PRP is actually a growth factor and platelet enriched solution made from the own blood of a patient. Besides, PRP injections are known to promote bone formation and tissue regeneration. Hence, they are a good choice for individuals suffering the various problems like ligament injuries, osteoarthritis, and hair loss.
The following are some important steps involved in PRP preparation. Take a quick look at them!
- Collection of samples: Once the sample is collected, plasma will be extracted from it.
- Centrifugation: This step involves concentrating platelets and other important wound healing components for extracting PRP.
- Storage: As the PRP is ready now, it is important to store it properly. Otherwise, it may not show effective results.
All these procedures are generally carried out in a prescribed order within a totally closed and aseptic all-in-one system when it comes to the closed method of producing PRP. The open technique, on the other hand, allows you to optimize each stage separately, however, sterility must be maintained. The open technique is the topic of this paper, which summarises the most recent research on the best methods for collecting, centrifuging, and storing PRP.
PRP kits generally come with PRP gel tubes, transfer needles, syringes, blood collection sets, and disposable devices. If you are looking for top-quality syringes or tubes check Plasmolifting. shop online. You will definitely be surprised at the attractive prices here.
What is PRP used for?
PRP is used to treat various conditions like wrinkles, joint injuries, hair loss, muscle injuries, and arthritis-related pain. There are some misconceptions among people about PRP that it is harmful. However, the fact here is PRP is totally safe as it is derived from the patient’s own blood. This means it is 100% natural. You will not face any kind of side effects with The PRP treatment.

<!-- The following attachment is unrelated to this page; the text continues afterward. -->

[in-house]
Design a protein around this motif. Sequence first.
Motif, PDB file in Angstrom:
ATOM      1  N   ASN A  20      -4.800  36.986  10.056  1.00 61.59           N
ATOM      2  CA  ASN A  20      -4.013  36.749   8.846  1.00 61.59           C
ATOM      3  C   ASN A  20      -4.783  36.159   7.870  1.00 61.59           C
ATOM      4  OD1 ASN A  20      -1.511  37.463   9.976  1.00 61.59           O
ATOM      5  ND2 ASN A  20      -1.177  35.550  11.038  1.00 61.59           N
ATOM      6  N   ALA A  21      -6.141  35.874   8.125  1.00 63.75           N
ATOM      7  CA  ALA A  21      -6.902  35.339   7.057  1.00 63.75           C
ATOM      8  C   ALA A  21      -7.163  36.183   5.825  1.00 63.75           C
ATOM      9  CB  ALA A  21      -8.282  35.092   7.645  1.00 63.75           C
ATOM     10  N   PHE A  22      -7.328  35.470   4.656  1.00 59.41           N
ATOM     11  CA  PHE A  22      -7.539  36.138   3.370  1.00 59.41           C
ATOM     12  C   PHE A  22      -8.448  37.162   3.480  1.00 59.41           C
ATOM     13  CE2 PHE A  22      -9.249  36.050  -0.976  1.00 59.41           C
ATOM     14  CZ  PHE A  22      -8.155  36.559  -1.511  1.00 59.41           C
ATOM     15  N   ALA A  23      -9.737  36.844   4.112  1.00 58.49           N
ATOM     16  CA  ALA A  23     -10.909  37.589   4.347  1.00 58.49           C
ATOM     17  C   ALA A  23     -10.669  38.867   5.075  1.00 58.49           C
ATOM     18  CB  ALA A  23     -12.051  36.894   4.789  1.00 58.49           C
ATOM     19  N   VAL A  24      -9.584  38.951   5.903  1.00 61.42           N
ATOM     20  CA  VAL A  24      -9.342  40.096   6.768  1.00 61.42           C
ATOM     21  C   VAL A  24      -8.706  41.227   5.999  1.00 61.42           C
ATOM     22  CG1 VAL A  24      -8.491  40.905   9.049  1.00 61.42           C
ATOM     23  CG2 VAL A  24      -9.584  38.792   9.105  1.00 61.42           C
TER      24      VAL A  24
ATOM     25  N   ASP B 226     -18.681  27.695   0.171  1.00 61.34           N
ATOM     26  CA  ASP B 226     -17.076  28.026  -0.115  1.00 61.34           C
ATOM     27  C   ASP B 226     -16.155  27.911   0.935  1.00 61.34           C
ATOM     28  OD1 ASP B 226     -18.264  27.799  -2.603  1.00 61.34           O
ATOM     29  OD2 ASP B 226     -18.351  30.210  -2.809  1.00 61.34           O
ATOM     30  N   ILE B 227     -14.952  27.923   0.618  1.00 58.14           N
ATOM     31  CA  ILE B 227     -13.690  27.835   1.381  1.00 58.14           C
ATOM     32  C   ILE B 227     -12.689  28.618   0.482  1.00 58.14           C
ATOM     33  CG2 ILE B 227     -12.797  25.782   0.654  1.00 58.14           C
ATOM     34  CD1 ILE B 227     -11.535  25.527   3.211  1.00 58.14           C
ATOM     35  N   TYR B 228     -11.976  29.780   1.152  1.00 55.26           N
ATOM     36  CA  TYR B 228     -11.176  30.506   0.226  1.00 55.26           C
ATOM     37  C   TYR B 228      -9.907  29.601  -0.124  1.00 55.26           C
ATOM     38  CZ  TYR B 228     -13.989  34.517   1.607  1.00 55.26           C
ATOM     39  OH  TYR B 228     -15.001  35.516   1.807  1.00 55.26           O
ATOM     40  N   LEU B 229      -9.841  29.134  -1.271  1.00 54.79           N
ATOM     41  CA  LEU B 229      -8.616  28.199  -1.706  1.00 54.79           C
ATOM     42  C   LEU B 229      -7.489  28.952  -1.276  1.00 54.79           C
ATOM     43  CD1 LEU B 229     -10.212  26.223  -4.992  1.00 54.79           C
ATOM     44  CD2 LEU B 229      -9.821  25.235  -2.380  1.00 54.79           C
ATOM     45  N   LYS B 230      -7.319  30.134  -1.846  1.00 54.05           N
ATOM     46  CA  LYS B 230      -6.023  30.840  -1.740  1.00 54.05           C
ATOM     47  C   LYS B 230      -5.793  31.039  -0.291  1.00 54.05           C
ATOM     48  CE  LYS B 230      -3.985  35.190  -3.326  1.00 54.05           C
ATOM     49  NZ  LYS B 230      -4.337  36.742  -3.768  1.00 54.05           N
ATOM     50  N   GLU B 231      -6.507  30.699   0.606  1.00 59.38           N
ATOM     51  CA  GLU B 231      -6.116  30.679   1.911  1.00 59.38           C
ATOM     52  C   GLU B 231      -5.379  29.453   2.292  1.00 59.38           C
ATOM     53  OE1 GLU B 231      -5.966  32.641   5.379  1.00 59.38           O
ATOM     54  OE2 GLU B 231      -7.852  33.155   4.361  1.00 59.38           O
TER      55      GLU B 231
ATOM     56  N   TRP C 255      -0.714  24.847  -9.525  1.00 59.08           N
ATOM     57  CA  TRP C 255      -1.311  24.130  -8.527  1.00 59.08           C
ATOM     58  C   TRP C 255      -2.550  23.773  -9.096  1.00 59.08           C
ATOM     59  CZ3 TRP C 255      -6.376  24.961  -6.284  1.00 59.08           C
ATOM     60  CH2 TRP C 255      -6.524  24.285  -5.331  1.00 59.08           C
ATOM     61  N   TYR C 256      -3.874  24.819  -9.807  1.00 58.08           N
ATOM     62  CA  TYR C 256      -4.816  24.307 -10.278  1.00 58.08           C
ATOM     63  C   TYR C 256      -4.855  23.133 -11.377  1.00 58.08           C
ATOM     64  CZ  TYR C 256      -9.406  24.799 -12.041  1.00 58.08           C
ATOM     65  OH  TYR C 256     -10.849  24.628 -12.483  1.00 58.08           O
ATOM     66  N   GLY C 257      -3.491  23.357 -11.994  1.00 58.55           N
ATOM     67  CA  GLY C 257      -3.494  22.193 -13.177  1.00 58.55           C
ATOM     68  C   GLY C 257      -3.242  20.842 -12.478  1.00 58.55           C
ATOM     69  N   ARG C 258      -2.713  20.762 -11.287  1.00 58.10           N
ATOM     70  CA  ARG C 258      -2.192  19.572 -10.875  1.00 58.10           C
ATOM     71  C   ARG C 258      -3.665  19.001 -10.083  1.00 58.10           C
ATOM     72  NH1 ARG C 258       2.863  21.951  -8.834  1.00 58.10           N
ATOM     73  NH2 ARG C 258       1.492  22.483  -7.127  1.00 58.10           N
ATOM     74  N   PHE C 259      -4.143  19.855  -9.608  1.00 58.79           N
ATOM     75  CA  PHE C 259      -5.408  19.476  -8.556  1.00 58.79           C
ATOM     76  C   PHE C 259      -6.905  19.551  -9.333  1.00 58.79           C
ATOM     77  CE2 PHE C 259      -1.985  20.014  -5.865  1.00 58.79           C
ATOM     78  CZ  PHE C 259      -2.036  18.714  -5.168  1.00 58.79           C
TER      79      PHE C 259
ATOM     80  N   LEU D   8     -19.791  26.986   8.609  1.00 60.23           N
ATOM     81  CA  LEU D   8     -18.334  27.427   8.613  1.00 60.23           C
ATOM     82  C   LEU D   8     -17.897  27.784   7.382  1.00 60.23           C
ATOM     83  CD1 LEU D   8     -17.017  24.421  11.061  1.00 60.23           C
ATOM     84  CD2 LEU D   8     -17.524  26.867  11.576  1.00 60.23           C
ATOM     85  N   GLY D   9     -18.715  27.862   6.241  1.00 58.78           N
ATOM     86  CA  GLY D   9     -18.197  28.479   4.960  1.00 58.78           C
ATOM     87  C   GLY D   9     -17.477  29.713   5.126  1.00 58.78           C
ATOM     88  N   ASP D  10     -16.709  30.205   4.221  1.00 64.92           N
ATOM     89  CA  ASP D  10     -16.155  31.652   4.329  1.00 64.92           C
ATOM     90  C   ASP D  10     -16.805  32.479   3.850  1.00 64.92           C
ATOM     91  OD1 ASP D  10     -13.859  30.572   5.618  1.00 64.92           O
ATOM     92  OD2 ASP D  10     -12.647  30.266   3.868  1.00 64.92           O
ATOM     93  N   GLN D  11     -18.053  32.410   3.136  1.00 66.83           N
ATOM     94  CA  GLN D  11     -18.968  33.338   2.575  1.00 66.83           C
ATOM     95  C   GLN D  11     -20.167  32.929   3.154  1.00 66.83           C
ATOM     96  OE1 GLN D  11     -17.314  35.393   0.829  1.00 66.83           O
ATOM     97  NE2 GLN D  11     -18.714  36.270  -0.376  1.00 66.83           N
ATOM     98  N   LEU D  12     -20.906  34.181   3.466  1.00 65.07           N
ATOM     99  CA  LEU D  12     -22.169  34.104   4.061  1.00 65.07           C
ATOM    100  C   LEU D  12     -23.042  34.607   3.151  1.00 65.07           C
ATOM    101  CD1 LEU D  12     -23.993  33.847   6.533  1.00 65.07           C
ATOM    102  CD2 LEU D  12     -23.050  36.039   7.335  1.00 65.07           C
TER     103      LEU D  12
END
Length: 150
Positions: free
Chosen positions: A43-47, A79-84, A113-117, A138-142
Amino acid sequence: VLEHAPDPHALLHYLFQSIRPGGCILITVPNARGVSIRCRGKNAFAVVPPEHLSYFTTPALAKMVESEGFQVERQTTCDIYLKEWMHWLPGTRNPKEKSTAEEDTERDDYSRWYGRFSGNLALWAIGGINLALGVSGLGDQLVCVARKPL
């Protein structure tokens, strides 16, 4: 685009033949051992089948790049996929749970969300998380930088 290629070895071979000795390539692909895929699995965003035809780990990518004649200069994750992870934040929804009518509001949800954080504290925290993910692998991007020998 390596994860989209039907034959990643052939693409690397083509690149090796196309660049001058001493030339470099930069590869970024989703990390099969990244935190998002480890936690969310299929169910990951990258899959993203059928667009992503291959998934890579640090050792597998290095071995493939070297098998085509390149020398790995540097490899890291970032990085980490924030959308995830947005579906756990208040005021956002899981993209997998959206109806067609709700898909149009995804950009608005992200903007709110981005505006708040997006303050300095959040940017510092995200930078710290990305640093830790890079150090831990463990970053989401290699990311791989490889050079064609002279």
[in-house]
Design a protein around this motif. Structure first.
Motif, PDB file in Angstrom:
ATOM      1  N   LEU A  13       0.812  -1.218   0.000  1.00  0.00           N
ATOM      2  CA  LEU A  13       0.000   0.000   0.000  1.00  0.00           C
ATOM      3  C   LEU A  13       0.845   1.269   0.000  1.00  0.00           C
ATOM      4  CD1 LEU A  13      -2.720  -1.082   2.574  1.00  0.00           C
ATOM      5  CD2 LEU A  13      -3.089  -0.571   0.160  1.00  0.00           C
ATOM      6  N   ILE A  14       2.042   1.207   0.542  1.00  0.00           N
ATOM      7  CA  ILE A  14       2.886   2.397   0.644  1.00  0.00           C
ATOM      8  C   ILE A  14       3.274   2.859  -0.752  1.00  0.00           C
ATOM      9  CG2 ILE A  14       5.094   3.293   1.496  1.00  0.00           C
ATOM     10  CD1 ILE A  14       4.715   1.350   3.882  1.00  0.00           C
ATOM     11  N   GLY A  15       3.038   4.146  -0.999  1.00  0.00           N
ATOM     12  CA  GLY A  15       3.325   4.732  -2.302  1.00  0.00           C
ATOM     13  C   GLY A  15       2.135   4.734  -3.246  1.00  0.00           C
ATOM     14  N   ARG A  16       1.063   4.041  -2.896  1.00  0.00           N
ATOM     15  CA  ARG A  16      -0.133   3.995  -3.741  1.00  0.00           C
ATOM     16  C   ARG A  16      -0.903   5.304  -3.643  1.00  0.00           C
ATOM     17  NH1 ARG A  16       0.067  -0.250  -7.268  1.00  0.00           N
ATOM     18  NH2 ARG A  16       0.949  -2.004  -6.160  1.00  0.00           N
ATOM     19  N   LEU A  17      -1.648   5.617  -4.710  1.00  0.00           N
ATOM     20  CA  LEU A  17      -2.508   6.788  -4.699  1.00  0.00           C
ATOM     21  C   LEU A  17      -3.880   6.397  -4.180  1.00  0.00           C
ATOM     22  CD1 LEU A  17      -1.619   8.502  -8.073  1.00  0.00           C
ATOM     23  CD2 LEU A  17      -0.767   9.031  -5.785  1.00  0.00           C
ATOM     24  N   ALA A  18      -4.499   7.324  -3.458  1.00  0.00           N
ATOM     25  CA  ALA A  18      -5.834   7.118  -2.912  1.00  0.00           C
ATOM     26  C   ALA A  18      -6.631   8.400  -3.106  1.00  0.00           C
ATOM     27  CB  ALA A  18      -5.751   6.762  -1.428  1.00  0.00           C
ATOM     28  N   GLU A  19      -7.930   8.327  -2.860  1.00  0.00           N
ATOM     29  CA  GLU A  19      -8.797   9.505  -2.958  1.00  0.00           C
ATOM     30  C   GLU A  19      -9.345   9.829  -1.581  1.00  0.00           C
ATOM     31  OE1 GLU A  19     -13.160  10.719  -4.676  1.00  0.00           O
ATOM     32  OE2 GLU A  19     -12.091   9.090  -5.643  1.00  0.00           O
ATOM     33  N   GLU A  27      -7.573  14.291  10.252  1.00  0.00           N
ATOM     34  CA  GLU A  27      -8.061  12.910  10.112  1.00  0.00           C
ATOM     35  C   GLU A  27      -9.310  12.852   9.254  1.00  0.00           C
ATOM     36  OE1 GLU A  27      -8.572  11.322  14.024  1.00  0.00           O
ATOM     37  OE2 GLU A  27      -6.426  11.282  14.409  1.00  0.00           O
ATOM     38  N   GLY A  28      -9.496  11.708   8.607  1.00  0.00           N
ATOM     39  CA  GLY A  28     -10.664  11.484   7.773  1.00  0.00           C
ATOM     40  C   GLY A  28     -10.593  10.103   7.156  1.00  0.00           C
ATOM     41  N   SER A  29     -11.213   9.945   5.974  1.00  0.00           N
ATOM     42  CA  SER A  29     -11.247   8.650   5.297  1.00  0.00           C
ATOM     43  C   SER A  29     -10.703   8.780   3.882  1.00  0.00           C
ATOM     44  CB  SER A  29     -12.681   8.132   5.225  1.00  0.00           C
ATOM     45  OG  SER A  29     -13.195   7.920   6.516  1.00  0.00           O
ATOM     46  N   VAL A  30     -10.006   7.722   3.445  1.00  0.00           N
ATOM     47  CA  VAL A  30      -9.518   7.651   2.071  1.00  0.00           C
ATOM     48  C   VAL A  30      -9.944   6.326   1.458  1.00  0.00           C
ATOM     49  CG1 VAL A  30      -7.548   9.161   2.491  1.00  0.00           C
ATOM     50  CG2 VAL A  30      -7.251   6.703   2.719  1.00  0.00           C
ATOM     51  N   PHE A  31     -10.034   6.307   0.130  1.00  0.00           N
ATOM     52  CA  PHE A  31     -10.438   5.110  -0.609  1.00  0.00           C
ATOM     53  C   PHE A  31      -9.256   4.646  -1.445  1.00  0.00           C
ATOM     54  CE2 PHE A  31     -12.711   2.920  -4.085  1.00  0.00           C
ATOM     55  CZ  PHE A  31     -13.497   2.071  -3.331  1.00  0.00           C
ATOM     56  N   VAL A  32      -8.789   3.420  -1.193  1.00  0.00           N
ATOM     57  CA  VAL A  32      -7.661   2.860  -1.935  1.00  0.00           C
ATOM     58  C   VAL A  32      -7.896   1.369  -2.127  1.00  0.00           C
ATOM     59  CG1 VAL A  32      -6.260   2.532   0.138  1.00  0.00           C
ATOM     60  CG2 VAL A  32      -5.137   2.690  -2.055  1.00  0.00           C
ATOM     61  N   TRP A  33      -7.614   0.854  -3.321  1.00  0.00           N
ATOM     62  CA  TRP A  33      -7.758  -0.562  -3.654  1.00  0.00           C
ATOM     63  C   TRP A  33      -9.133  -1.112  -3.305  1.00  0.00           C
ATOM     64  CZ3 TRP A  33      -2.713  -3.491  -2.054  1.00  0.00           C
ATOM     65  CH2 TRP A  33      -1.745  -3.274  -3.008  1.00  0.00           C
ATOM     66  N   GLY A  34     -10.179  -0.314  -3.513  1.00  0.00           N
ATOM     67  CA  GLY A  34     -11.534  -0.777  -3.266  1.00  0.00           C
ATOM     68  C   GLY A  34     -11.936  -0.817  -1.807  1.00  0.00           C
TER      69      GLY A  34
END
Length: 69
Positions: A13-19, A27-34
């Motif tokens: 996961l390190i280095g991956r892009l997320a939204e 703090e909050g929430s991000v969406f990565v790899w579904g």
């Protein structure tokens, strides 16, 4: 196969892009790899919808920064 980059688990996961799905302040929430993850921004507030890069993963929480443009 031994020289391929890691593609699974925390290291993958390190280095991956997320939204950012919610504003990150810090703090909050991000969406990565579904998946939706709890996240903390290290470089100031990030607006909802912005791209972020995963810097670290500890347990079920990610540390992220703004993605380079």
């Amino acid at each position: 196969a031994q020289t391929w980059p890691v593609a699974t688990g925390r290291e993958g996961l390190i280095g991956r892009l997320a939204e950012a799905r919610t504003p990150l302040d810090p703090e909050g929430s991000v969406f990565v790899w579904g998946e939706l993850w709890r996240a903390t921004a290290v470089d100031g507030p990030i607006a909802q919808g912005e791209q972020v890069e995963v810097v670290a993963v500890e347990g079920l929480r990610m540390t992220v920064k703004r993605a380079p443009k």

Collecting PRP Sample
Because PRP is made up of plasma, the initial stage in the process is to make plasma using the patient’s blood. Blood is now collected into the tubes containing an anticoagulant, which stops blood from clotting. Different anticoagulants may have a range of effects on the plasma’s properties and composition. So, which of the anticoagulants on the market—EDTA, sodium citrate, ACD-A, and the other are better for making PRP?
In comparison to sodium citrate or EDTA, data from research investigations show that ACD-A produces PRP with improved platelet concentration, activity, and shape. Growth factor concentrations, on the other hand, are unaffected by whether PRP is made with EDTA, sodium citrate, or ACD-A, whereas mesenchymal stem cells multiply more rapidly in PRP prepared with sodium citrate or ACD-A.
An adequate centrifugation strategy is required to enhance the growth factor and platelet concentrations while maintaining platelet viability and integrity. PRP centrifugation is usually done at room temperature. However, some studies show that platelet viability and recovery can be improved at 12°C–16°C. According to experts, you must store the PRP at room temperature always. Ideally, you must use the PRP within 6hrs of centrifugation and sometimes before 8hrs.